Texan black metal titans Absu are returning to Australia this month in the lead-up to the release of their seventh opus, Apsu. JESSICA WILLOUGHBY chats with drummer, Proscriptor McGovern, ahead of the band’s first-ever Perth show this Thursday, March 20, at Amplifier, alongside fellow extreme Australian outfits’ Portal and Denouncement Pyre.
“Apsu may very well be our last album, prematurely speaking,” Absu drummer/vocalist, Proscriptor McGovern, says of the ‘Absu’ album trilogy.
As the founder of this longstanding Texan black metal outfit, Proscriptor – aka Russley Randell Givens – has dedicated the last 13 years to a single vision for the band, one that has seen this trio explore all aspects of its origins over the span of three albums. Absu (2009) marked the fifth studio release and the first of the triology, with new members Ezezu (bass) and Vis Crom (strings) making their introductions. 2011 saw the second offering, Abzu, recall the thrashiness of the band’s earlier works.
Now in 2014, Absu are looking towards the final installment in their self-made saga. Apsu, pegged for release in early 2015, will not stray thematically from their chosen path. But we will see the rise of a short-and-sweet song structure, a new element for these three American musicians.
“The next album is the third and concluding installment of the trilogy – it’s the Sumerian spelling of the band moniker,” Proscriptor tells X-Press. “I will say on a musical basis that this album will be different from the previous albums in the discography, because we’re striving for shorter songs. This album will have somewhere between 14 and 16 songs, versus the more epic type of songs that have been presented on previous albums. We’re striving for shorter songs, and more songs on this album, versus the longer songs that have been presented on our previous discography.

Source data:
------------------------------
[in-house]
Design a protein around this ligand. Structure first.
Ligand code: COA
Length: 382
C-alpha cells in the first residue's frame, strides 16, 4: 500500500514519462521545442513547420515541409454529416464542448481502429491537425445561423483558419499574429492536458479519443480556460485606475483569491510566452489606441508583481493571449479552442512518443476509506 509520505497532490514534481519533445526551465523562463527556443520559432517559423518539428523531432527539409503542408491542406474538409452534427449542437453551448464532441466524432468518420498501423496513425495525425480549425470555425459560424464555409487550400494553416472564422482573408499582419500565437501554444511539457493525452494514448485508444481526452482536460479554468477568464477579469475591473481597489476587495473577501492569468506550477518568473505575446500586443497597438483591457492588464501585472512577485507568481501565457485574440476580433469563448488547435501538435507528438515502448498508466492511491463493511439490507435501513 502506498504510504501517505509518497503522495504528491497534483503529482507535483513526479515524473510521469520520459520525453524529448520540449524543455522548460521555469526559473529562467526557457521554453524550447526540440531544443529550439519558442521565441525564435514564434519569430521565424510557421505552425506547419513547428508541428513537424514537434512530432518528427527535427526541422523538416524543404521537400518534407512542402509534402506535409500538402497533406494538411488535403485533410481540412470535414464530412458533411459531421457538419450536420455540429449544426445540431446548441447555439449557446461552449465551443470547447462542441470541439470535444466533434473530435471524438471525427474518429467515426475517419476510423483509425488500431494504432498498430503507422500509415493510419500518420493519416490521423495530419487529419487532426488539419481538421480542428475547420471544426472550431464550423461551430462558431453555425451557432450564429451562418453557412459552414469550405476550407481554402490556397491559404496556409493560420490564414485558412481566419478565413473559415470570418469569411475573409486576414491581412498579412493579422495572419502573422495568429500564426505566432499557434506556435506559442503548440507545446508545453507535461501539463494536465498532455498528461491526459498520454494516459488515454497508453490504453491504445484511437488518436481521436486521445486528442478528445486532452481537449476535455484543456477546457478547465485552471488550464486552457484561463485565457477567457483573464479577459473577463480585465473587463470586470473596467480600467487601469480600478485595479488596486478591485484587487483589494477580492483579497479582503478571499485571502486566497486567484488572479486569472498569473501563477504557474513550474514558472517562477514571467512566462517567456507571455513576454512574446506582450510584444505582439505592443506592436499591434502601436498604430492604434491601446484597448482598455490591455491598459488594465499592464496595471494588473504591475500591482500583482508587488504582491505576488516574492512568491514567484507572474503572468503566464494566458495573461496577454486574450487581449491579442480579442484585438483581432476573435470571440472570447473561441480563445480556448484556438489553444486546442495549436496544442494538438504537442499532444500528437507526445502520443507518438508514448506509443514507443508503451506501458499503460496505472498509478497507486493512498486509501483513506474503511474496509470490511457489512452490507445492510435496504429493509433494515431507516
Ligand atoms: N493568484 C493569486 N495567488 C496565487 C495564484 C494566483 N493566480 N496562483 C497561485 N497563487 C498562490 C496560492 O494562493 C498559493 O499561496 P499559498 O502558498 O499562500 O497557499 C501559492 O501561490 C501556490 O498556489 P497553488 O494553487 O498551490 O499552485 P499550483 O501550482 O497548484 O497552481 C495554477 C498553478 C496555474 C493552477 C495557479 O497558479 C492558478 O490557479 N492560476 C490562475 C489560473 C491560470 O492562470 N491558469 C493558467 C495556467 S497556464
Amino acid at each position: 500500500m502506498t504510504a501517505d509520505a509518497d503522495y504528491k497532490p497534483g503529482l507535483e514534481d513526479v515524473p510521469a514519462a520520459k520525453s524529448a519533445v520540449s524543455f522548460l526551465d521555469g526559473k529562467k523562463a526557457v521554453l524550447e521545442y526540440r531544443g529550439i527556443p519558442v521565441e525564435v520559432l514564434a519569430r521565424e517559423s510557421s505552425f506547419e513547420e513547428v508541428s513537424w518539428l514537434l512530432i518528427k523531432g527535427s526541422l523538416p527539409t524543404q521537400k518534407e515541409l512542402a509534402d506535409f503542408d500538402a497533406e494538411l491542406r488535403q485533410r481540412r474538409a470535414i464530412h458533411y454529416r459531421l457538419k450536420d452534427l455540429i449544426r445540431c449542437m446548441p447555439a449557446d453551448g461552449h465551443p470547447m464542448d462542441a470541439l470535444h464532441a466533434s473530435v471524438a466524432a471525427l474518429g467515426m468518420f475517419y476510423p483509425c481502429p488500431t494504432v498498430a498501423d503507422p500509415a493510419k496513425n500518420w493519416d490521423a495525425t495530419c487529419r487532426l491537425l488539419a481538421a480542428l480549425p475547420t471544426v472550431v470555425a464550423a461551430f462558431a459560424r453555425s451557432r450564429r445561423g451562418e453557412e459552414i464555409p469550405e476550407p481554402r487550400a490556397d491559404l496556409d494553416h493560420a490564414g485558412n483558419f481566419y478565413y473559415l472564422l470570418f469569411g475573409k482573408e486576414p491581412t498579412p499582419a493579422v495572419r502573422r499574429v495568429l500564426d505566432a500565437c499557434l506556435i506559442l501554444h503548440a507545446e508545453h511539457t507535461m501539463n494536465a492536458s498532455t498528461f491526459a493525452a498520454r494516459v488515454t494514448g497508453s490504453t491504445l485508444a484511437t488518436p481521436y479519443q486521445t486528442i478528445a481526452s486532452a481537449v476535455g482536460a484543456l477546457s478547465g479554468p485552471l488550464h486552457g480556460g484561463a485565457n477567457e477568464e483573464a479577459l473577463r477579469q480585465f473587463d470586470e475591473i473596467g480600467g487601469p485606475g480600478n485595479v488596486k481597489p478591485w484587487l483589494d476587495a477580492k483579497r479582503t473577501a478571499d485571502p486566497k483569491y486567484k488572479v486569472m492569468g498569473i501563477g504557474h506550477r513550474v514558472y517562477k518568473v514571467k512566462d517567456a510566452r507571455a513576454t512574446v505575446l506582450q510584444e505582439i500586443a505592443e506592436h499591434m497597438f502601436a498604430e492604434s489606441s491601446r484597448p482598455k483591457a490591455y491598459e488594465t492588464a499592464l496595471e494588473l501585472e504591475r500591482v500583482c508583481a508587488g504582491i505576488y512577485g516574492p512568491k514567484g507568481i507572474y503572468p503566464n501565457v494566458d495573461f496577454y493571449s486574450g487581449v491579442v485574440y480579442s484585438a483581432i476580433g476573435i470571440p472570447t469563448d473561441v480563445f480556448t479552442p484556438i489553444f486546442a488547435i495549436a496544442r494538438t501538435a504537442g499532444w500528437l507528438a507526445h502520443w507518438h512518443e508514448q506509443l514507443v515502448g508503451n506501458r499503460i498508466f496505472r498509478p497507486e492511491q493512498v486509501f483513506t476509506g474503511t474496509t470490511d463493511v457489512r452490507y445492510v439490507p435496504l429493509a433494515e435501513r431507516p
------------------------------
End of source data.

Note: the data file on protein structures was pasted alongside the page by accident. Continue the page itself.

“I decided some years ago the three albums in the trilogy would primarily be related to and based on everything that is related to what Absu is all about. I refuse to name the last three albums with unique titles, as I simply wanted to name each one as Absu, the English spelling; Abzu, the Mesopotamian and Apsu, which is the forthcoming album, but differentiated by their different cover designs. That’s the objective so far.”
Speaking on the lyrical concept of these three LPs, Proscriptor says the trio of releases flesh out his love for occult mythology.
“On a lyrical basis I combine mythology, paranormal and metaphysical related topics inside of the music of Absu,” he explains. “When writing music, I try to express my lyrical content and ideologies as vividly as possible. Beginning at the age of 12, I started delving into hallucinogenic and mind-altering substances, which lead myself into Ordo Templi Orientis, Hermetic Order of the Golden Dawn, Thelemic Magic(k), Enochian Magic(k), Tasseomancy and Necromancy. After discovering the Cthulhu Mythos and the Book of Eibon, this too led to my fascination with Sumerian and Mesopotamian mythology.
“I lyrically concoct mythology and paranormal or metaphysical related topics inside of the music. The cadences and accentuations when writing Absu’s music express my esoteric lyrical content and ideologies. This is the way I perceive it: Absu’s music is a formation of chaos magic(k) because I believe it can change both subjective experiences and objective realities, though some forms of chaos magic(k) disputes that magic(k) occurs through clairvoyant means. Subconsciously speaking, I am not one with today’s world when writing the lyrics for Absu.”